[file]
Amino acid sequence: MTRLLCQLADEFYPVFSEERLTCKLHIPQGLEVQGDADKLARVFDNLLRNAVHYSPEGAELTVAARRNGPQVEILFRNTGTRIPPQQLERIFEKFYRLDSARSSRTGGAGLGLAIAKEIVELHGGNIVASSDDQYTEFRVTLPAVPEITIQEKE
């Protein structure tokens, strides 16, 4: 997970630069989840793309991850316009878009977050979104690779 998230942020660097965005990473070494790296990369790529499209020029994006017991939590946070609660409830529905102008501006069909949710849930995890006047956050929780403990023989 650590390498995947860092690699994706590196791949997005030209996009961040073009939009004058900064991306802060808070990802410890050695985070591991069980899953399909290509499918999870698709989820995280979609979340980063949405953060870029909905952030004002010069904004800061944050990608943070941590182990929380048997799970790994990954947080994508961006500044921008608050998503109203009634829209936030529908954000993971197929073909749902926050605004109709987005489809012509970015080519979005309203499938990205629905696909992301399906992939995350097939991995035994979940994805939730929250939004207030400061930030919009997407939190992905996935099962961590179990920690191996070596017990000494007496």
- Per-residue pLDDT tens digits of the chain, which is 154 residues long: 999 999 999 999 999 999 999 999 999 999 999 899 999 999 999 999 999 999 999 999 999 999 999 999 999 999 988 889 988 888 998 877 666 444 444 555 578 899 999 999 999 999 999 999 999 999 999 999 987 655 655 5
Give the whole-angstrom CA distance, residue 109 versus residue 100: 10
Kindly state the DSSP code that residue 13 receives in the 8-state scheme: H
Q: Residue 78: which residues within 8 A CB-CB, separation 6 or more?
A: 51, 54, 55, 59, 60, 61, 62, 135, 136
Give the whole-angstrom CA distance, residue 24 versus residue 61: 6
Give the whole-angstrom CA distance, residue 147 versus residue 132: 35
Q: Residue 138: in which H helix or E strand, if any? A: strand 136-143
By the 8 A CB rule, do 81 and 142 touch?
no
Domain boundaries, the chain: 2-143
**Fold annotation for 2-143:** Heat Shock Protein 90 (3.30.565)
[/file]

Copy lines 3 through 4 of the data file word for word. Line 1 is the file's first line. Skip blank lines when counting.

- Per-residue pLDDT tens digits of the chain, which is 154 residues long: 999 999 999 999 999 999 999 999 999 999 999 899 999 999 999 999 999 999 999 999 999 999 999 999 999 999 988 889 988 888 998 877 666 444 444 555 578 899 999 999 999 999 999 999 999 999 999 999 987 655 655 5
Give the whole-angstrom CA distance, residue 109 versus residue 100: 10